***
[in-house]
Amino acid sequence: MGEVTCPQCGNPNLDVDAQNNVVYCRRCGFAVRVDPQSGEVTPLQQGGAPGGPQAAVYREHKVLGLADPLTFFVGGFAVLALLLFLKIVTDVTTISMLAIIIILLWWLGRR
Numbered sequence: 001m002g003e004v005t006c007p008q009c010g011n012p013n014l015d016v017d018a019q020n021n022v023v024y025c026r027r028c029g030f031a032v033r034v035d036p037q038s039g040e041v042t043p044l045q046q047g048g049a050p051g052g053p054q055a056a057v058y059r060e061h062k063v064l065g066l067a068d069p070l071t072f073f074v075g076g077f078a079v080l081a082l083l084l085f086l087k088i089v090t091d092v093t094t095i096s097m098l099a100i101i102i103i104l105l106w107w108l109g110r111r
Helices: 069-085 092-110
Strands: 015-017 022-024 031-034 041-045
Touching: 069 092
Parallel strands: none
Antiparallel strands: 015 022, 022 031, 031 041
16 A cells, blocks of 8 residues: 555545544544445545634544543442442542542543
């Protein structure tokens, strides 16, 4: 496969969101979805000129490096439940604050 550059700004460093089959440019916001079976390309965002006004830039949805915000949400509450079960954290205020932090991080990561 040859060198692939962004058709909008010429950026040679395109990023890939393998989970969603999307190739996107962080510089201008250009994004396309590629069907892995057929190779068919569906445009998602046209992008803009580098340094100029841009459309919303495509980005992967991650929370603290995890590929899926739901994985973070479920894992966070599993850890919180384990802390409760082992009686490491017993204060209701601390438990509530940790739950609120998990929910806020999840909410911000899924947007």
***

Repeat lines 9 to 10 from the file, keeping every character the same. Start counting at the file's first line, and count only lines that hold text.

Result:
16 A cells, blocks of 8 residues: 555545544544445545634544543442442542542543
């Protein structure tokens, strides 16, 4: 496969969101979805000129490096439940604050 550059700004460093089959440019916001079976390309965002006004830039949805915000949400509450079960954290205020932090991080990561 040859060198692939962004058709909008010429950026040679395109990023890939393998989970969603999307190739996107962080510089201008250009994004396309590629069907892995057929190779068919569906445009998602046209992008803009580098340094100029841009459309919303495509980005992967991650929370603290995890590929899926739901994985973070479920894992966070599993850890919180384990802390409760082992009686490491017993204060209701601390438990509530940790739950609120998990929910806020999840909410911000899924947007």